Even though school enrolment levels have significantly improved over the last 10 years in India, there has been a decline in the learning levels over the time, said Pratham Education Foundation CEO Rukmini Banerji.
Delivering a lecture on "Challenges in Indian Education: Lessons from Asia" at Indian Habitat Centre here on Saturday, Banerji said that despite an increase in expenditure on education, things have not improved in terms of quality of education.
"Enrolment levels in schools are well over 95 per cent in India, and more and more children are completing more and more years of schooling.
"But basic learning levels in reading and arithmetic are low and there has been a decline in the learning levels over time," she said.
She said that enrolment in class VIII has gone from 12 million to 24 million in the last 10 years across the country.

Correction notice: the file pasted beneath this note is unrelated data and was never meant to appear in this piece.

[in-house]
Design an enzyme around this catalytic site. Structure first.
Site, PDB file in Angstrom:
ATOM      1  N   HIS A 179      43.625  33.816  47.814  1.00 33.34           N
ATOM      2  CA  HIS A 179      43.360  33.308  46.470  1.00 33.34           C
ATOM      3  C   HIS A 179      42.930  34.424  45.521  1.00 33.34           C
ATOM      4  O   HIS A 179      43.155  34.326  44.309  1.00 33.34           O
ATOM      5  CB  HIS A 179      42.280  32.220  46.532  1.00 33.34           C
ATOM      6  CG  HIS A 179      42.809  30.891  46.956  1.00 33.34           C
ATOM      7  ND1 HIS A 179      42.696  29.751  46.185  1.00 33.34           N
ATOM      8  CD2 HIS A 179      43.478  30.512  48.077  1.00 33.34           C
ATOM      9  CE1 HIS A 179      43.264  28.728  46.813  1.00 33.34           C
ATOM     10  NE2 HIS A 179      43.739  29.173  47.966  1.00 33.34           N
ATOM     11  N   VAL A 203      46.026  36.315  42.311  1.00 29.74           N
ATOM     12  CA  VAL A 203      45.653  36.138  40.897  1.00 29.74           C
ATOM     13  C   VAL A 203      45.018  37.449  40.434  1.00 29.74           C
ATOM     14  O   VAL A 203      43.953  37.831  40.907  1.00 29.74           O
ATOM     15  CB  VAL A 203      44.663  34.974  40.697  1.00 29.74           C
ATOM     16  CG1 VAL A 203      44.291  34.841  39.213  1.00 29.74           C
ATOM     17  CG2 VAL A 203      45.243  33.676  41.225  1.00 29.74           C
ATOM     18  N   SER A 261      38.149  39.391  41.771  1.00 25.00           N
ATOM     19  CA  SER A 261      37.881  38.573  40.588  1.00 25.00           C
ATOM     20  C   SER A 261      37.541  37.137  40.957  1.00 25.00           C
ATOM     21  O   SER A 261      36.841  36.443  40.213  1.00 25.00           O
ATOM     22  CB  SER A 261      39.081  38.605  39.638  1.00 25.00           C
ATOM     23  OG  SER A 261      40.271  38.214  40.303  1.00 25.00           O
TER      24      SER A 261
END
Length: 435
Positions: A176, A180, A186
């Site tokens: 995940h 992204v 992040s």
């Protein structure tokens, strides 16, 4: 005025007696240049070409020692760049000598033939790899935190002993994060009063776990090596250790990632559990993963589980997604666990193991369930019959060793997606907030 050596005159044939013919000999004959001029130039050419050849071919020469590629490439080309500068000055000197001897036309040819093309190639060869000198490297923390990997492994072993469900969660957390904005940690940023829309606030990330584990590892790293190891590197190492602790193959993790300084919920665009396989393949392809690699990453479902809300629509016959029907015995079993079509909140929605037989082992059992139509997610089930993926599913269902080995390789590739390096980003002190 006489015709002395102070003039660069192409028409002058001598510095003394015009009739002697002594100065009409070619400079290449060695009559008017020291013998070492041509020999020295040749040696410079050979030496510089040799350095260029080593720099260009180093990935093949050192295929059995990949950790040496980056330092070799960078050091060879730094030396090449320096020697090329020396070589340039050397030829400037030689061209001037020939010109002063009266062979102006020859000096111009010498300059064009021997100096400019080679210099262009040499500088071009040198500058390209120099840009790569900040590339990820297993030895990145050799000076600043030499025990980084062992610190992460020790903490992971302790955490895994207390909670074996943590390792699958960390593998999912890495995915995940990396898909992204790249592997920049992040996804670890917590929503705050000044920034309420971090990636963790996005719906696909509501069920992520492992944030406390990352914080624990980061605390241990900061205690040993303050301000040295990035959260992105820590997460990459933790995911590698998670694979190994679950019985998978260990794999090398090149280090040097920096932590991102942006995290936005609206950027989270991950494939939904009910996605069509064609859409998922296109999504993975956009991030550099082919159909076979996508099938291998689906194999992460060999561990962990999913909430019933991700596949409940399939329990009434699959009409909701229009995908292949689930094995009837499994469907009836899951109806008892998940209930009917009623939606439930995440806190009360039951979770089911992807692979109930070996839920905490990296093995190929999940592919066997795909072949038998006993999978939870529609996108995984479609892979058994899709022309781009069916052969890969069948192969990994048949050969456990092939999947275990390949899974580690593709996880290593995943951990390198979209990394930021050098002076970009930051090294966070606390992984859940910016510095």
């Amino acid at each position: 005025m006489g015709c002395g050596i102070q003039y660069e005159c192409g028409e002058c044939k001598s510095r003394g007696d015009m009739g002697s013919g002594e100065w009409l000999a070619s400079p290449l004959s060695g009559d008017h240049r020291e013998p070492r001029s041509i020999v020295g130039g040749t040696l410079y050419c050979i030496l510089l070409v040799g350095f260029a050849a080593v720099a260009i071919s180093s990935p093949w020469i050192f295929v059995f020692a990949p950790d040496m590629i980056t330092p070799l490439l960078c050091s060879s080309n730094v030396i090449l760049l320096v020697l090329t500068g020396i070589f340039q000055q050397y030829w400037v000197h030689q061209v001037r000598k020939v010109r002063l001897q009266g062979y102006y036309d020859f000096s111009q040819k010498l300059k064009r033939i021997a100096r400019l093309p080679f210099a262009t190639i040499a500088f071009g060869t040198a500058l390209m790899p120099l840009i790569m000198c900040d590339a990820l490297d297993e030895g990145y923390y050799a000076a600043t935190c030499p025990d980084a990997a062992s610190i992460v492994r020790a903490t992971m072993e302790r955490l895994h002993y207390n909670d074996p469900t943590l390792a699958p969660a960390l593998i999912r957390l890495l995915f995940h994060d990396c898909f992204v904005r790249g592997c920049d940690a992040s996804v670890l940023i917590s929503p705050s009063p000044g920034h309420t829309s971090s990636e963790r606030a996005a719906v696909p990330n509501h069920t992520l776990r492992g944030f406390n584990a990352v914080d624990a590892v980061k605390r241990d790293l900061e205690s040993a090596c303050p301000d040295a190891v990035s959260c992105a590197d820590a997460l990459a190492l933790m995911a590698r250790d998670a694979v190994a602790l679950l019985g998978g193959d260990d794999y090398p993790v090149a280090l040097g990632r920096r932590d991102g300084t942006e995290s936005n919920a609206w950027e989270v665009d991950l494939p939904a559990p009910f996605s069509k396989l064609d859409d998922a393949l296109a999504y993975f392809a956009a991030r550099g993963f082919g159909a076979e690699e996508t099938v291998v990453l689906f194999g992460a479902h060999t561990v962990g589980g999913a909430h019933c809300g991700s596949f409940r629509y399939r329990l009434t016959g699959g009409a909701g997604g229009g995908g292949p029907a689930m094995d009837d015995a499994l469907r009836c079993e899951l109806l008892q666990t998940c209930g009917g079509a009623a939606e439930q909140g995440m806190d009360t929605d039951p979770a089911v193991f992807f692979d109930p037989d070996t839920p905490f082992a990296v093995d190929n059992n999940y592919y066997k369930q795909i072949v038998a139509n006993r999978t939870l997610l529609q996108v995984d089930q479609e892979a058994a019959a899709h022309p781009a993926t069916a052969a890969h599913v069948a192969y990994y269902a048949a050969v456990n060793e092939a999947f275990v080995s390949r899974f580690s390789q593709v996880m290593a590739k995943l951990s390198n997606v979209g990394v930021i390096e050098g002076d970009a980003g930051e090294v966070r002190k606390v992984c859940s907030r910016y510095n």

"But learning trajectories, the gains in learning levels over a period of school education, are relatively flat," Banerji said.
She said that while there may be multiple reasons responsible for that, there is a tendency in schools to direct teaching only at the "top of the class".
"Also, in India, the system is more oriented at syllabus than learning," she added.
Banerji said we need to educate ourselves about education models prevalent in other countries and use them in a way that suits our context.
"We have better links with other countries when it comes to trade or military cooperation, but not so when it comes to education," she said.
The lecture was a part of the Changing Asia Series.
(This story has not been edited by Business Standard staff and is auto-generated from a syndicated feed.)